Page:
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THE UNIVERSE - Seven Requirements to Sustain Life

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Author Topic: THE UNIVERSE - Seven Requirements to Sustain Life  (Read 327 times)
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« on: December 15, 2007, 02:15:12 pm »

Requirement 4: Epsilon Constant ≈ Gravitational Fine Structure
Concerning the universe, if the epsilon constant (factor pertaining to gravitational forces) deviated only slightly in one direction in relation to gravitational fine structure, all stars would be red dwarfs. (Dwarf stars—generally, white dwarfs—are the remaining cores of stars that have essentially completed their life cycles. After the remaining nuclear fuel is expended, these cores eventually become dark cinders.)

If the epsilon constant deviated in the other direction, all stars would intensify into blue giants—huge stars with energy levels of enormous intensity. As an example, of two stars in the neighborhood of our sun, Rigel, a blue giant, is over five times hotter than Betelgeuse, a red supergiant in the later stages of its life cycle that will eventually collapse into a white dwarf.

Although the definition of these two forces is beyond the scope of this article, a summary of these definitions will serve to show how intricate these ranges truly are.  The epsilon constant is defined as the fine structure constant to the twelfth power, multiplied by the electron/proton mass ratio to the fourth power. The value of the epsilon constant in the universe is expressed as 2.0e-39 (0.00000000000000000000000 0000000000000002). This is an extremely delicate force that has to be maintained without even the slightest deviation—else the universe could not exist in a stable condition. The value of the gravitational fine structure force is 5.9e-39. This force, relative to the epsilon constant, is equally critical for the stability of the universe. On a calibrated instrument one kilometer long, the tolerance of the range of this force could be no wider than one millimeter.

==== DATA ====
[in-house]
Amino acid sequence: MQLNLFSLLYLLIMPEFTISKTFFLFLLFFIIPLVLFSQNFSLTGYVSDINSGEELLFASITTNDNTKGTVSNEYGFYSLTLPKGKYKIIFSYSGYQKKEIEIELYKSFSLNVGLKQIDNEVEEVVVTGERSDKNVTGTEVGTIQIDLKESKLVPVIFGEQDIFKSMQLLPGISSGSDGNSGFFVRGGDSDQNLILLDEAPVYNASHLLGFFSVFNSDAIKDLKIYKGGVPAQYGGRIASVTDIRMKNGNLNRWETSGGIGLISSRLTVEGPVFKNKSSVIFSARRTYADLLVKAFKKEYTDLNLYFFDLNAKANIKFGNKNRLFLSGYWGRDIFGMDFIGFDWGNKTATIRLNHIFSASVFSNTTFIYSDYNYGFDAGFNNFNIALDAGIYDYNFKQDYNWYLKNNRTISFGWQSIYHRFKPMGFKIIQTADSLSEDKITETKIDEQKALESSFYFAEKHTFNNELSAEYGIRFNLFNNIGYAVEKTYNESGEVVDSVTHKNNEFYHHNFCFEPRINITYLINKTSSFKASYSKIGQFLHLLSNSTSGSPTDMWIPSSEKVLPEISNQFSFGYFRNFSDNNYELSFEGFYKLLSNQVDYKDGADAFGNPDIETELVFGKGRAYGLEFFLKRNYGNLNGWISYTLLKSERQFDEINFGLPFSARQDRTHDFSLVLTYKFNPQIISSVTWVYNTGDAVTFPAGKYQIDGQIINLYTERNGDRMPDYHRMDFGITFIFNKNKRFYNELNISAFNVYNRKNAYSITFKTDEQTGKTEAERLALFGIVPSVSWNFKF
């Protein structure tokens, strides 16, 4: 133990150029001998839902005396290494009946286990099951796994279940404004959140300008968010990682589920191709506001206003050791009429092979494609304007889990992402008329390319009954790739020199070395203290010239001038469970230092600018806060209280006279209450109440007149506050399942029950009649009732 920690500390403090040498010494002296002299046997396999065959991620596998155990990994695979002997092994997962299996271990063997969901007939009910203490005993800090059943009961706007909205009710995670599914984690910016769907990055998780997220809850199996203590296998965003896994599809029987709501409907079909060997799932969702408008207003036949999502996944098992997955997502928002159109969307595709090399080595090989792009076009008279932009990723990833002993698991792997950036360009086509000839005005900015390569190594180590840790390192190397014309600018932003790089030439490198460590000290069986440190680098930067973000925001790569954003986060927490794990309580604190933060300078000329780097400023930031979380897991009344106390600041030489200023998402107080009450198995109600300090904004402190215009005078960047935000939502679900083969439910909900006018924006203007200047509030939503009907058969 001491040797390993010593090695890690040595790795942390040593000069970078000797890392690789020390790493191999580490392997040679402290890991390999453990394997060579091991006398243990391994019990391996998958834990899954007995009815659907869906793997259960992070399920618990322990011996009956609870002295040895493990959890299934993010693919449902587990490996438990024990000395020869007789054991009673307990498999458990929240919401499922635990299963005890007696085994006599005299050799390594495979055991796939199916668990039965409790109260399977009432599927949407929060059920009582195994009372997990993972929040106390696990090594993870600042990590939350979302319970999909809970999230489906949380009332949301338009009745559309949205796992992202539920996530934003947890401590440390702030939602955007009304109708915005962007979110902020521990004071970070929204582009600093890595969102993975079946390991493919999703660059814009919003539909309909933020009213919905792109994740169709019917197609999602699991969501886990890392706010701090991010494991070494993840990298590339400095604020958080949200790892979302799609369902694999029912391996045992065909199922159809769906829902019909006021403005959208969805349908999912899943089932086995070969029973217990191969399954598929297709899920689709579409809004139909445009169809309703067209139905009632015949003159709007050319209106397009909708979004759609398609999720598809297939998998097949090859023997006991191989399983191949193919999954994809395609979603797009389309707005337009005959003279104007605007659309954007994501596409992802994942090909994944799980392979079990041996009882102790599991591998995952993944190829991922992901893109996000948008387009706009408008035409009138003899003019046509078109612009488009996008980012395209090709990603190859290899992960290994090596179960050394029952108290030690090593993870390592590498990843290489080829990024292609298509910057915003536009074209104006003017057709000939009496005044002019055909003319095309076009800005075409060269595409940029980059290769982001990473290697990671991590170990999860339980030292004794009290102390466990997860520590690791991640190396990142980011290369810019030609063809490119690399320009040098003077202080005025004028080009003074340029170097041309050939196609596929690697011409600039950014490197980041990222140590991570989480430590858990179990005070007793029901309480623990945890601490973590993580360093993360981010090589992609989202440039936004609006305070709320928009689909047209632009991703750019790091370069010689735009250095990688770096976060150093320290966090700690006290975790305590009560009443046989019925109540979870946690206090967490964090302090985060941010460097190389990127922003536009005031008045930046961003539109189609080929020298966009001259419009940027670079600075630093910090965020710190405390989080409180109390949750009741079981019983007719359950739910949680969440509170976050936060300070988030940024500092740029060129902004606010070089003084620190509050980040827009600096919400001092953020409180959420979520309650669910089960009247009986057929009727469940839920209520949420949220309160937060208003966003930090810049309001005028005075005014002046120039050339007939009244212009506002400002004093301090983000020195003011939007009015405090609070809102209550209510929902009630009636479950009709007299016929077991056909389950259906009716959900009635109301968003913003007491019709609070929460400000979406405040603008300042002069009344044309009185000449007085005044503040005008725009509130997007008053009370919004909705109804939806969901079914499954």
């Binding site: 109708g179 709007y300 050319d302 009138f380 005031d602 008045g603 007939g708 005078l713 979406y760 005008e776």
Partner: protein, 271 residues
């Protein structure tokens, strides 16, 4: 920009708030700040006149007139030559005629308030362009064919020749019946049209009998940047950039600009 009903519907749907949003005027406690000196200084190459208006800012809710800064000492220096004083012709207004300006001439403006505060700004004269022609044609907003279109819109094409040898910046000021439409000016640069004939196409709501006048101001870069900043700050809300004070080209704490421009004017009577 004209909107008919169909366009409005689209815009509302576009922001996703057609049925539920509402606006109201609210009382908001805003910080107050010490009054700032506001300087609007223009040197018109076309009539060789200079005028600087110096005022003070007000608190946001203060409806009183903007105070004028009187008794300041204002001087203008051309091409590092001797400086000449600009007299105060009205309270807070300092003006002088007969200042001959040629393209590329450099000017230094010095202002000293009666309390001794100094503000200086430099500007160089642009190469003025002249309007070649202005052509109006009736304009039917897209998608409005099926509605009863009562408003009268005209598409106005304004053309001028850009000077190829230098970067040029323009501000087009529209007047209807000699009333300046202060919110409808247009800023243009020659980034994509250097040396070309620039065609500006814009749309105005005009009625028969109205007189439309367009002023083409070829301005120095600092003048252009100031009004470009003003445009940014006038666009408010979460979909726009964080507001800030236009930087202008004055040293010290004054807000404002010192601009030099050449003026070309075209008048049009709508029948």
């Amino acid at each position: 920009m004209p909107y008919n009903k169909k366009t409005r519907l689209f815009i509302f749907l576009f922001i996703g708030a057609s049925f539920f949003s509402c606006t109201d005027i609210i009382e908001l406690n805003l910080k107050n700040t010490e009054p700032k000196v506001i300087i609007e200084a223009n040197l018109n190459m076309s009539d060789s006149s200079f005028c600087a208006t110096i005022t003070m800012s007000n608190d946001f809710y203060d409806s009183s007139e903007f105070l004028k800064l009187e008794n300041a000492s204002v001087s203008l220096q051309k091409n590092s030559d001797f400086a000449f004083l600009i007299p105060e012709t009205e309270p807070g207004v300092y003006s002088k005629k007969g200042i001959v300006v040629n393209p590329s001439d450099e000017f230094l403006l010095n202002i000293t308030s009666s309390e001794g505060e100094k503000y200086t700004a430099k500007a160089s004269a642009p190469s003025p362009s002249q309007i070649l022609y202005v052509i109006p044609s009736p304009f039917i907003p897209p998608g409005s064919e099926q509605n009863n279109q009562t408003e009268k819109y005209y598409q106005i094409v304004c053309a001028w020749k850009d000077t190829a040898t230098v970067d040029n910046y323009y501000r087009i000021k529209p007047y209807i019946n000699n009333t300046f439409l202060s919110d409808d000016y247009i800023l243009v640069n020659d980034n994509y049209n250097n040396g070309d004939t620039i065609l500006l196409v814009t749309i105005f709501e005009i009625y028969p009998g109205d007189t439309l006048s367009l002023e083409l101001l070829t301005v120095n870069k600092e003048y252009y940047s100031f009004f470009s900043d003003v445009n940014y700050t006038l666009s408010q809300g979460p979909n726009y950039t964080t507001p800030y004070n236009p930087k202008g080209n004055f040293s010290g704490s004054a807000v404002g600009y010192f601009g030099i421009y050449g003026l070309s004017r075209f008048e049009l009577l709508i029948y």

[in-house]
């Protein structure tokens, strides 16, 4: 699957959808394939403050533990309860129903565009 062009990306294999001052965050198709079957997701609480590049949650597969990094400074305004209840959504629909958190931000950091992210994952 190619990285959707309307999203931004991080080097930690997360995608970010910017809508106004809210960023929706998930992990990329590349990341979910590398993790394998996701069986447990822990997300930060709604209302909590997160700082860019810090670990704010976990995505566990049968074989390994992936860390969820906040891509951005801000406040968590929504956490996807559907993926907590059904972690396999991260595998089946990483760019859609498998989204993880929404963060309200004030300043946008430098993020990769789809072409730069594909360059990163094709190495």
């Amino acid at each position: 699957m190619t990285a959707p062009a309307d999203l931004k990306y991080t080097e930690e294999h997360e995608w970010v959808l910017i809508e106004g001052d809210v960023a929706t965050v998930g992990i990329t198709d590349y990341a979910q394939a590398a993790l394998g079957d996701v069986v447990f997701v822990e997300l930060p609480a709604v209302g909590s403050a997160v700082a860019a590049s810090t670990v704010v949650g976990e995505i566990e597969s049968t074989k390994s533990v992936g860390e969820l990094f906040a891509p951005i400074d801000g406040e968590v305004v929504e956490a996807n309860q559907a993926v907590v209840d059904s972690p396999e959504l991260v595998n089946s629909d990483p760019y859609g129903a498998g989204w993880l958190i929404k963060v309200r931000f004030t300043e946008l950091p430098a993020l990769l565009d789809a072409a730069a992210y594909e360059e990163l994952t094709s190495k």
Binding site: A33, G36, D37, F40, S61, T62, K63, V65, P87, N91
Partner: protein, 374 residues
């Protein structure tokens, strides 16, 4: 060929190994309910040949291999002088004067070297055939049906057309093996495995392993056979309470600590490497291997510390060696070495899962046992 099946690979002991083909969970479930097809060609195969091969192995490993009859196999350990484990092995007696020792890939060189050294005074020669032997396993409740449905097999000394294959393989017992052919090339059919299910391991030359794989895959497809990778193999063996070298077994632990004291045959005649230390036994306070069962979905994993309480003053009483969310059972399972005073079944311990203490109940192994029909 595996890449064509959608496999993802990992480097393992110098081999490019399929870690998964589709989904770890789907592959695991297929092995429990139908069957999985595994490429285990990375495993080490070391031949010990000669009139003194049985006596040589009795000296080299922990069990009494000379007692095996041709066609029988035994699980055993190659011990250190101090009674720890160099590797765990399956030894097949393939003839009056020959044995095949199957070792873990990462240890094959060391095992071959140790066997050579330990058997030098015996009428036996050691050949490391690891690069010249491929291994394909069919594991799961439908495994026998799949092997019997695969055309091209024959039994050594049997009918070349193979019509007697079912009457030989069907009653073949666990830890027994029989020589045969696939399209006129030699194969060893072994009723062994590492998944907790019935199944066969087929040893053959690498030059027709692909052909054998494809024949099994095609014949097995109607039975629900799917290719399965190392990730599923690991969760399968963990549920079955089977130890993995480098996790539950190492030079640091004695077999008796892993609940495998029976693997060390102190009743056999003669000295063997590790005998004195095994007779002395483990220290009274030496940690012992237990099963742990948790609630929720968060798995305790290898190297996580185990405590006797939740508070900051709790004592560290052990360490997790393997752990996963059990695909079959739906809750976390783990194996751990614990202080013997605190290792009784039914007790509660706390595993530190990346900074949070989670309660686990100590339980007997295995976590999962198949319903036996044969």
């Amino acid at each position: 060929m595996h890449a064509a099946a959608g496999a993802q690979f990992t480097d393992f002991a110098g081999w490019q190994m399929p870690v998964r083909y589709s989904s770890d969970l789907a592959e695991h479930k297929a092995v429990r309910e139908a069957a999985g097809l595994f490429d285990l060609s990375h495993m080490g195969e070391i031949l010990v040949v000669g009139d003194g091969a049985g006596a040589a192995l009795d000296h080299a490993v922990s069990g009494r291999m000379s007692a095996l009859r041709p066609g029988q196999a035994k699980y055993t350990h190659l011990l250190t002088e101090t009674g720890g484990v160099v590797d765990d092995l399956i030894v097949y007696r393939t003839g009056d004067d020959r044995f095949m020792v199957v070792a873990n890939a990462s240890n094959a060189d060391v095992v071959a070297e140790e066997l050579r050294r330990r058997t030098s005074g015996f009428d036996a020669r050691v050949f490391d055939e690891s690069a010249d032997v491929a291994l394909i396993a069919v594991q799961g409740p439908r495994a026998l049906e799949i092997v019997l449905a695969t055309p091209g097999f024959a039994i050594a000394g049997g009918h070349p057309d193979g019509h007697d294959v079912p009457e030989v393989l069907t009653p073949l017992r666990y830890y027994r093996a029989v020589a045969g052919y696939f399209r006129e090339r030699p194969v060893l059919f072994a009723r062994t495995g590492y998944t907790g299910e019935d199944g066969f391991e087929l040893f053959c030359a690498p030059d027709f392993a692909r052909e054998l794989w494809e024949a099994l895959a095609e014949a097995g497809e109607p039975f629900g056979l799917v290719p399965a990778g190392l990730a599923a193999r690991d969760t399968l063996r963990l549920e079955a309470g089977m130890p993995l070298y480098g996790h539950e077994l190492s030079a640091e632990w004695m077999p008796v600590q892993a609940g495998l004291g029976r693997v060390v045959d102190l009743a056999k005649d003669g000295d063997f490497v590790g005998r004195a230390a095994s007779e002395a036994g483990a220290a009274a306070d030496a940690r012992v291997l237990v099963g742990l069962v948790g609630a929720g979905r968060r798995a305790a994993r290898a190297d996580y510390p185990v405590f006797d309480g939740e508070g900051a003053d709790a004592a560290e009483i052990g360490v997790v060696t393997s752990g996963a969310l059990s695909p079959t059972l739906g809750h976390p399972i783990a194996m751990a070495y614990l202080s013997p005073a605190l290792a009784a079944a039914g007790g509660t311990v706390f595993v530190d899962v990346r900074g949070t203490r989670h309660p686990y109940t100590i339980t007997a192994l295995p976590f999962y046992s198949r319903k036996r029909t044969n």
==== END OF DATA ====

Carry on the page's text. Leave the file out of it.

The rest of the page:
The pressures needed for life to exist on earth would become enormously complicated if our sun were a blue giant. The intensity of the radiation would be such that the earth would have to be removed far beyond Pluto’s current location in relation to the sun. Such an orbit would impose a host of unbalanced conditions hostile for biological life to continue. For example, in such an orbit, a year would exceed a decade!

On the other hand, if our sun were a red dwarf, the earth would have to be much closer to it than Mercury is currently located. Many of the same problems that have made Mercury hostile for life would exist on Earth—only much worse. At such a close distance, a red dwarf’s gravitational forces would virtually prevent the earth from rotating. The side facing it would overheat, while the dark side would lose most of its heat, resulting in a temperature differential that would quickly dissipate the gases in the atmosphere.

Scientists agree that neither a blue giant nor a red dwarf can support life on an orbiting planet. Yet, the exact balance of the epsilon constant relative to the gravitational fine structure force is required for biological life to exist. The slightest deviation in one direction or the other would cause all the stars in the universe to quickly develop into either blue giants or red dwarfs.

What are the chances that an un-designed, random universe would somehow “find” this thin, hairline range of tolerance and never deviate from such an intricate balance?

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